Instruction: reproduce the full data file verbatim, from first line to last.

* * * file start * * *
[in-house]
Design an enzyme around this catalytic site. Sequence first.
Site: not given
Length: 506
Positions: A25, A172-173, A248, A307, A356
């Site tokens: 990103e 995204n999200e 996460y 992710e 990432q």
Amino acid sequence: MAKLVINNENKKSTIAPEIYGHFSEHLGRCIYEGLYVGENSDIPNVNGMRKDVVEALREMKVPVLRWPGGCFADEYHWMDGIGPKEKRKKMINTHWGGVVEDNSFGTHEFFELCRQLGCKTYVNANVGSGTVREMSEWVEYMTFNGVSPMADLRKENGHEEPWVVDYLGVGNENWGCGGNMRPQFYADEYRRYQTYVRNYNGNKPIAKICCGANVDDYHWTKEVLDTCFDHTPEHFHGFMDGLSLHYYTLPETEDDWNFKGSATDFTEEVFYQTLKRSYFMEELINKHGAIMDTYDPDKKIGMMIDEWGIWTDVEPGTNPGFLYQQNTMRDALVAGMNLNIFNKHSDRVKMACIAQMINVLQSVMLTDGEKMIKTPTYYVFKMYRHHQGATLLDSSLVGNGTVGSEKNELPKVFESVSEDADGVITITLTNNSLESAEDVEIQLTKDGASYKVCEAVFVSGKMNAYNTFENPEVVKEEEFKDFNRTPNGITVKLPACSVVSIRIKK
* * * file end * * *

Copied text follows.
[in-house]
Design an enzyme around this catalytic site. Sequence first.
Site: not given
Length: 506
Positions: A25, A172-173, A248, A307, A356
């Site tokens: 990103e 995204n999200e 996460y 992710e 990432q």
Amino acid sequence: MAKLVINNENKKSTIAPEIYGHFSEHLGRCIYEGLYVGENSDIPNVNGMRKDVVEALREMKVPVLRWPGGCFADEYHWMDGIGPKEKRKKMINTHWGGVVEDNSFGTHEFFELCRQLGCKTYVNANVGSGTVREMSEWVEYMTFNGVSPMADLRKENGHEEPWVVDYLGVGNENWGCGGNMRPQFYADEYRRYQTYVRNYNGNKPIAKICCGANVDDYHWTKEVLDTCFDHTPEHFHGFMDGLSLHYYTLPETEDDWNFKGSATDFTEEVFYQTLKRSYFMEELINKHGAIMDTYDPDKKIGMMIDEWGIWTDVEPGTNPGFLYQQNTMRDALVAGMNLNIFNKHSDRVKMACIAQMINVLQSVMLTDGEKMIKTPTYYVFKMYRHHQGATLLDSSLVGNGTVGSEKNELPKVFESVSEDADGVITITLTNNSLESAEDVEIQLTKDGASYKVCEAVFVSGKMNAYNTFENPEVVKEEEFKDFNRTPNGITVKLPACSVVSIRIKK